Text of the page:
MODESTO -- The Carpenter Road bridge, which serves as a main link between Modesto and Patterson, will remain closed until late Friday after roughly 1.3 million gallons of water from a broken water line washed out the soil under one end of the span.
A security guard spotted the leak about 6 a.m. Tuesday on the northeast side of the bridge, which crosses the Tuolumne River in west Modesto. The guard was hired by the construction company that is upgrading the 53-year-old bridge.
The water from the 16-inch water line washed out the soil under several feet of Carpenter Road's northbound lane by the north side of the bridge. The water also washed out soil along a nearby abutment crews built as part of the upgrade.
City officials met with the contractor Wednesday to discuss how to fix the problem and reopen the busy bridge. Some 19,035 cars and trucks cross the bridge on a typical day. Modesto officials said the bridge should reopen by late Friday afternoon.
"We are doing everything we can to reasonably expedite the work," said Gregg Halladay, Modesto's deputy director of utility planning and projects. "We've given the contractors direction to work late if it helps."
The 628-foot-long bridge will remain open to walkers and bicyclists as long as it is safe to do so.
City officials suspect a joint that connects two sections of the water line on the bridge's north side failed, causing the sections of pipe to come apart. The water line runs the length of the bridge and eventually feeds into four storage tanks that supply water to homes and businesses south of the Tuolumne River.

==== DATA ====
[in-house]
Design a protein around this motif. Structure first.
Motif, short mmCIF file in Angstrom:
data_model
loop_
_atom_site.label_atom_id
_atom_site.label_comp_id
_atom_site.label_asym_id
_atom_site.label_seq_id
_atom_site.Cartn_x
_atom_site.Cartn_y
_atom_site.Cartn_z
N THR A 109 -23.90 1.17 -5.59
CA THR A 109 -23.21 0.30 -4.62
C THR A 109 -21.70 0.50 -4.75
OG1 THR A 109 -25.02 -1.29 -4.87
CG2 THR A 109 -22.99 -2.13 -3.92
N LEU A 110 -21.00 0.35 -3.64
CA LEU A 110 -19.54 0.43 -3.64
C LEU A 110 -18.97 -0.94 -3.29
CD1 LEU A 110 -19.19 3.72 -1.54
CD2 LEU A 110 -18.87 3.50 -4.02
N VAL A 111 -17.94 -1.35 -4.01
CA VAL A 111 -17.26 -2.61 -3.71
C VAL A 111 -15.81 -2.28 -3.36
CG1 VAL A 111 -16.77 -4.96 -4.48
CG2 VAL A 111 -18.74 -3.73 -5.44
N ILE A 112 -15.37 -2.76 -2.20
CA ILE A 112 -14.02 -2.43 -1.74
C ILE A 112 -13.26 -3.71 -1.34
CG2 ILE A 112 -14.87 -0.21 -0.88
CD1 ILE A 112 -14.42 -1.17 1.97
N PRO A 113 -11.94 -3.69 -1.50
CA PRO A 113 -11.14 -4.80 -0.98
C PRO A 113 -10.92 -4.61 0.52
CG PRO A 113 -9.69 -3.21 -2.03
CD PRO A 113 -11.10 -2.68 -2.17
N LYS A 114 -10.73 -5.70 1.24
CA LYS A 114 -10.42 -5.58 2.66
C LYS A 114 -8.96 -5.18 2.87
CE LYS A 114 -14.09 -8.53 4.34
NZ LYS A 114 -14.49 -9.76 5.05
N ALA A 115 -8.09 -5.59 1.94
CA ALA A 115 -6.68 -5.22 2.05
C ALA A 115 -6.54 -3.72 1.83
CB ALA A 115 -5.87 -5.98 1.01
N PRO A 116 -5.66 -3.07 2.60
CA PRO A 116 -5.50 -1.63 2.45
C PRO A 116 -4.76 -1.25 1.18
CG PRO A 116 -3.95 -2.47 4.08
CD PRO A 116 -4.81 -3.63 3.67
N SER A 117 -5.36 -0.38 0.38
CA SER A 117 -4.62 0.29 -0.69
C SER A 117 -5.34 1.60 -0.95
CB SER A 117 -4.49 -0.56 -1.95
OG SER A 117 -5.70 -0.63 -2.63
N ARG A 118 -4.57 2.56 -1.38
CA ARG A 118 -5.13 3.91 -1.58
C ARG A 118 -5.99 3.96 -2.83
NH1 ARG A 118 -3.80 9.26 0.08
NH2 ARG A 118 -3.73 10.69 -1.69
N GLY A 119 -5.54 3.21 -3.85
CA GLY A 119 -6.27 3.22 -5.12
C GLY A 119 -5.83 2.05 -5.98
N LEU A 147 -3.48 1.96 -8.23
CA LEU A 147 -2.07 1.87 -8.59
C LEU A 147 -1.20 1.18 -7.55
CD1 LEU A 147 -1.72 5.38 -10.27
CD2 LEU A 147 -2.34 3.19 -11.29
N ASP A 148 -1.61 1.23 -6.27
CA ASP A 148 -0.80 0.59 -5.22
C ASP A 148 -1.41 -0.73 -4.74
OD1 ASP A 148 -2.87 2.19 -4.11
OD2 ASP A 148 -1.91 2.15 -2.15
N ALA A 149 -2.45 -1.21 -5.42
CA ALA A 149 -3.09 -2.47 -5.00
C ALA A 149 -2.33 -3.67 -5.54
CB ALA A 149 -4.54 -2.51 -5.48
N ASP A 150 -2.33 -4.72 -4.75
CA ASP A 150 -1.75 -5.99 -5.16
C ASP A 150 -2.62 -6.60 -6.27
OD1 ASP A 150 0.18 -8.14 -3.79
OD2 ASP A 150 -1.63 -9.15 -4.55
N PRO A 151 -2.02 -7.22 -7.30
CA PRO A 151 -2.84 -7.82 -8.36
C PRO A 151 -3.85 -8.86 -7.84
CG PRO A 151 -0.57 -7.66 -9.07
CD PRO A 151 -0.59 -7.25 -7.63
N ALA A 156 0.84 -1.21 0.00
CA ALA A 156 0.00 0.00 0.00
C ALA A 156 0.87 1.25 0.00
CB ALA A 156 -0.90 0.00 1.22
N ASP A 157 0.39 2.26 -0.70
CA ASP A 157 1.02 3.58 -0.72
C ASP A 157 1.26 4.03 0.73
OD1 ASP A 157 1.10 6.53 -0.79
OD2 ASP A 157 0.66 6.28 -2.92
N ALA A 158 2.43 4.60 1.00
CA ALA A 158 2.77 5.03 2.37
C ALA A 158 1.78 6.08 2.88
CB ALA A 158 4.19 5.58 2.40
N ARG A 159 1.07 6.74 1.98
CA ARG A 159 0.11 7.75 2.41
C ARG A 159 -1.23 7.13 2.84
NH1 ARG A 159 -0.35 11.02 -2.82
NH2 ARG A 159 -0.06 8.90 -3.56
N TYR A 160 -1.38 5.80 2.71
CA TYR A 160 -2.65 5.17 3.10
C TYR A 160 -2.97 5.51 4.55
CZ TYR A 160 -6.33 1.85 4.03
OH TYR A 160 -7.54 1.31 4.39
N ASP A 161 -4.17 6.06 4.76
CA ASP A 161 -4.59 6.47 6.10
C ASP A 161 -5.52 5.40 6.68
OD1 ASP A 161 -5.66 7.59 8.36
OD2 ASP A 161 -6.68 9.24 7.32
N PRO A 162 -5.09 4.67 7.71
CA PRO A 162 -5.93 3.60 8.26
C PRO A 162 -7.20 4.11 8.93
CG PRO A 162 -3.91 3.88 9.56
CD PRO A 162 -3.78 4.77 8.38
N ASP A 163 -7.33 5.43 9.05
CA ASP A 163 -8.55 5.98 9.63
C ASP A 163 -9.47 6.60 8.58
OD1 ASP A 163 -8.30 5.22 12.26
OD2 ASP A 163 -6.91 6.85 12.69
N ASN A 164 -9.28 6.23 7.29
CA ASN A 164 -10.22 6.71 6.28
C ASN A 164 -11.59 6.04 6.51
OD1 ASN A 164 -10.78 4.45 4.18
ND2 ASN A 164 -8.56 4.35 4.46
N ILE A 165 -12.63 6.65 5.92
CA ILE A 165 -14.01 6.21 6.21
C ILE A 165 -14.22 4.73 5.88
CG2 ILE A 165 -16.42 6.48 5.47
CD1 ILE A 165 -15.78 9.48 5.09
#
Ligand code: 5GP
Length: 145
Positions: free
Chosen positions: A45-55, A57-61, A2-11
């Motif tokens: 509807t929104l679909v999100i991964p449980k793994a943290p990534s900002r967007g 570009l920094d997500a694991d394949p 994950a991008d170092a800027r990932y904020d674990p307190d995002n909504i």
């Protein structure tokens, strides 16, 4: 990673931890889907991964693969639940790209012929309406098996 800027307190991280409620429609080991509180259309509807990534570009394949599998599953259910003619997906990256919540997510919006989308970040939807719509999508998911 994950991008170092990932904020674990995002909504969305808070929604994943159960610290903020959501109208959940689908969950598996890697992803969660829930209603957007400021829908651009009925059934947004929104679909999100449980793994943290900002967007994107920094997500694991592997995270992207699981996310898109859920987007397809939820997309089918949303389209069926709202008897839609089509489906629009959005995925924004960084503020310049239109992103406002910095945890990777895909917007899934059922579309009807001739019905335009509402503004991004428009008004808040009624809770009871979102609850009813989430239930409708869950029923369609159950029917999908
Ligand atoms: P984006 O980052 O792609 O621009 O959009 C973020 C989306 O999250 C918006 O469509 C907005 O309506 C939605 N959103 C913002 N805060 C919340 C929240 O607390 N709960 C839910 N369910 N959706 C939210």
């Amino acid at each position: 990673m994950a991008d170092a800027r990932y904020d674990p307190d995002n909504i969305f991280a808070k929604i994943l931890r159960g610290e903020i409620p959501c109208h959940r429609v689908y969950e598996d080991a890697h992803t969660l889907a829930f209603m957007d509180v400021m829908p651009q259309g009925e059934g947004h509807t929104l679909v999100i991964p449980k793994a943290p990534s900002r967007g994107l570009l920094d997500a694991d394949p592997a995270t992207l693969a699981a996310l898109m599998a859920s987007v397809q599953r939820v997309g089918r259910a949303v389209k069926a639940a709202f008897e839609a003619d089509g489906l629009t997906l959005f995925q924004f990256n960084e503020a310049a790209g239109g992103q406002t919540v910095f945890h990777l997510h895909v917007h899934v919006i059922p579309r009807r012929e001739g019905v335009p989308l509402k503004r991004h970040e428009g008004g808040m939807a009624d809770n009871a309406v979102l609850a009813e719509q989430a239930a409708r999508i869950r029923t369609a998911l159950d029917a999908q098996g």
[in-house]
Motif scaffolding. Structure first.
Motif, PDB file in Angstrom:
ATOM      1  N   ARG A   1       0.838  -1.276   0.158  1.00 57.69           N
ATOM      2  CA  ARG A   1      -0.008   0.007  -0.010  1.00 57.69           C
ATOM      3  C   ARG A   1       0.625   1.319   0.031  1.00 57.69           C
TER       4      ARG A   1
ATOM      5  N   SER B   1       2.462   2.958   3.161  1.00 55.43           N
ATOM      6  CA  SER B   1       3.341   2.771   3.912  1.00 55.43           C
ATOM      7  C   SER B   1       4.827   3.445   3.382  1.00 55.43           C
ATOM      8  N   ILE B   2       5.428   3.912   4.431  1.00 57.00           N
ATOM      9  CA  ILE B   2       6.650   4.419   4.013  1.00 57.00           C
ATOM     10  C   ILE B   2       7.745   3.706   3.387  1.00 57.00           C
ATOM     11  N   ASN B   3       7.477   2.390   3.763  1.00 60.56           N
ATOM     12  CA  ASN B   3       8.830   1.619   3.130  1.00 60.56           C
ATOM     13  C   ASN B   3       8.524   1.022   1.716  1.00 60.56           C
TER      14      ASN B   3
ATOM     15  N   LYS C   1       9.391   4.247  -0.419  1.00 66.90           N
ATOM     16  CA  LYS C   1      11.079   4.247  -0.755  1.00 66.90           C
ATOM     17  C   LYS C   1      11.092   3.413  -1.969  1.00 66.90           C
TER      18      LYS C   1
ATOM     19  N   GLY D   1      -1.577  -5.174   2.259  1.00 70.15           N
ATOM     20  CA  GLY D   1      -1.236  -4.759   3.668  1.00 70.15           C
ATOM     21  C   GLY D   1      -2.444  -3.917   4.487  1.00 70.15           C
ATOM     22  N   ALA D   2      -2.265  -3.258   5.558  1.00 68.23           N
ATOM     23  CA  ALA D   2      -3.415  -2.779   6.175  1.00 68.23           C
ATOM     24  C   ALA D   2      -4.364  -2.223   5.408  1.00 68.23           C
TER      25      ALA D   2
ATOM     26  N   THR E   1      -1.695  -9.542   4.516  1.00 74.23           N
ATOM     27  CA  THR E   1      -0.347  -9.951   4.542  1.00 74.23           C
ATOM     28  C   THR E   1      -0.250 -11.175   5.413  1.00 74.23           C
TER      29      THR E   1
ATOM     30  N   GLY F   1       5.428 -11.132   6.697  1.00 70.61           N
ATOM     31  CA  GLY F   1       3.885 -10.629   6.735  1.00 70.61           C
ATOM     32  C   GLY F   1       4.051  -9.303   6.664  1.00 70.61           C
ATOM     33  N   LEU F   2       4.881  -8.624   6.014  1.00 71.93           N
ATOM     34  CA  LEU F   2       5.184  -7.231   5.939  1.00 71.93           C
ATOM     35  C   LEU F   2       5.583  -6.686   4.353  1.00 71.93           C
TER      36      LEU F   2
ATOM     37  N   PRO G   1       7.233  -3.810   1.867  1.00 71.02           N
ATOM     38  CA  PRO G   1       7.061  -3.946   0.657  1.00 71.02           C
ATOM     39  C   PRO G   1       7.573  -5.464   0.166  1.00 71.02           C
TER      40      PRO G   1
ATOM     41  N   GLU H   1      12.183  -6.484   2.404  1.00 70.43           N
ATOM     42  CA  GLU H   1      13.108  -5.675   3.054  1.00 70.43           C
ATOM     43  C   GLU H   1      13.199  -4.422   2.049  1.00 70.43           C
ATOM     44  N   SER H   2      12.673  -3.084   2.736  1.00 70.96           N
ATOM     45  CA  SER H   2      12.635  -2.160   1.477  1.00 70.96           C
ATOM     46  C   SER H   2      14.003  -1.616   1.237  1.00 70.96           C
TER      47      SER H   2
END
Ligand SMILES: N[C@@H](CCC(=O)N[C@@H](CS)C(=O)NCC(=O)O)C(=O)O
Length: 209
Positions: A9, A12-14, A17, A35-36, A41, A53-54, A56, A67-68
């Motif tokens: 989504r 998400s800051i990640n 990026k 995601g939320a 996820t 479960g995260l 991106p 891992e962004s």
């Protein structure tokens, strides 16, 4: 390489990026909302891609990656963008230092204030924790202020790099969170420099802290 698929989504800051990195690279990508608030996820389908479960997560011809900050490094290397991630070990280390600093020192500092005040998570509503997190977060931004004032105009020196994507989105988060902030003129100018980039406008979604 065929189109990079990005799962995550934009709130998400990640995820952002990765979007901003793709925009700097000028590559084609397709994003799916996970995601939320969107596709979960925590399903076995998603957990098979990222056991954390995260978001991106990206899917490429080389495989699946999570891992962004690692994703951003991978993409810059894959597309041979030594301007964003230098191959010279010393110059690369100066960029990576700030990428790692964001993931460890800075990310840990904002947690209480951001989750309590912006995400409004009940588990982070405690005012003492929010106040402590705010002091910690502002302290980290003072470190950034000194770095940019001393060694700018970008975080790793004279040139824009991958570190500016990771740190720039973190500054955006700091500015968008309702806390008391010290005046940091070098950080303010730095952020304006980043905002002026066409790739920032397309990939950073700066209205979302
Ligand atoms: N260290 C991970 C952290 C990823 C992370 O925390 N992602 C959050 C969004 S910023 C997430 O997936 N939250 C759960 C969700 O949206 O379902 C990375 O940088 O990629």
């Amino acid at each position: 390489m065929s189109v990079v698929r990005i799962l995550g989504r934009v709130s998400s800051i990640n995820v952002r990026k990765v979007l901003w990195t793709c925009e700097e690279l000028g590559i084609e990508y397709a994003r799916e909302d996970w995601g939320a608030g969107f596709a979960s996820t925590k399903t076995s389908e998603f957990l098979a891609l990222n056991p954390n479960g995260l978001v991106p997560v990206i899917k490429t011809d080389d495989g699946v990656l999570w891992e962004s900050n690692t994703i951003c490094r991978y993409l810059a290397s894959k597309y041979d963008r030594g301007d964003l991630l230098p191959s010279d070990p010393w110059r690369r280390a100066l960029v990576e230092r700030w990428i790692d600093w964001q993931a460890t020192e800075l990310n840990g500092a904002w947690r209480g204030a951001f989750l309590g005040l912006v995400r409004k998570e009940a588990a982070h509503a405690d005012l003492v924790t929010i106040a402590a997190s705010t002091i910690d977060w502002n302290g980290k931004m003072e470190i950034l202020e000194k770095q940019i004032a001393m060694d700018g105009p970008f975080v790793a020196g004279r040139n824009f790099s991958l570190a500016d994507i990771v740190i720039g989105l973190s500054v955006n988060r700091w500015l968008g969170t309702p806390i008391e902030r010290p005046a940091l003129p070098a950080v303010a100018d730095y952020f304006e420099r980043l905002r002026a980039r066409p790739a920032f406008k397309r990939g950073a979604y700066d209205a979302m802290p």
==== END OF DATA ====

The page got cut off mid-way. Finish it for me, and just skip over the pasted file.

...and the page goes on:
Halladay said none of those customers went without water. At worst, he said, they experienced low water pressure.
City officials are investigating what caused the joint to fail. Halladay said it's been about six months since that section of the water line had been worked on. As part of the bridge upgrade, the contractor is replacing the 16-inch water line, which runs along the east side the bridge, with a 20-inch water line inside the bridge.
Halladay said the repairs include removing the muddy soil from the abutment and under the road. Workers then will fill the abutment with a loose concrete that will fill every crack and crevice and then with compacted dirt. Workers will fill the hole under Carpenter Road with compacted dirt.
"We are going to put more dirt in the hole than came out of it," Halladay said. "That makes it more stable to support the loads above it."
The bridge is just one of several spots where drivers can cross the Tuolumne River and is an important connector between Modesto and western Stanislaus County.
"We cross it a couple times a week," said Patterson resident Shellie Scott, 53, who had her mother, Barbara Scott, in her pickup as the two were stopped in front of the bridge's south side Wednesday.
They were on their way to Modesto's Vintage Faire Mall and planned to detour through Ceres to reach their destination.
"I want it to be safe," Scott said about the bridge. "If it's not safe, then you don't go."
Until the bridge reopens, drivers can take Highway 99 or Crows Landing Road and the Seventh Street bridge to the east, or Paradise, Shiloh and Grayson roads to the west.
Modesto is spending about $10.8 million in grant money to upgrade the Carpenter Road bridge, which opened in 1960. The contractor, Benicia-based Flatiron West, started work last year.
The project includes making the bridge better able to withstand an earthquake as well as widening it from 34 feet to 69 feet. The bridge will remain two lanes, but it will have 12-foot wide walkways on each side. Concrete barriers will separate walkers and bicyclists from traffic.
Halladay said Tuesday's incident may cause minor delays to the bridge work, which is expected to be done in June. He said the contractor will have to redo some work, such as removing the water, mud and sediment from pilings that will support the bridge's new section.
Bee staff writer Kevin Valine can be reached at email@example.com or (209) 578-2316.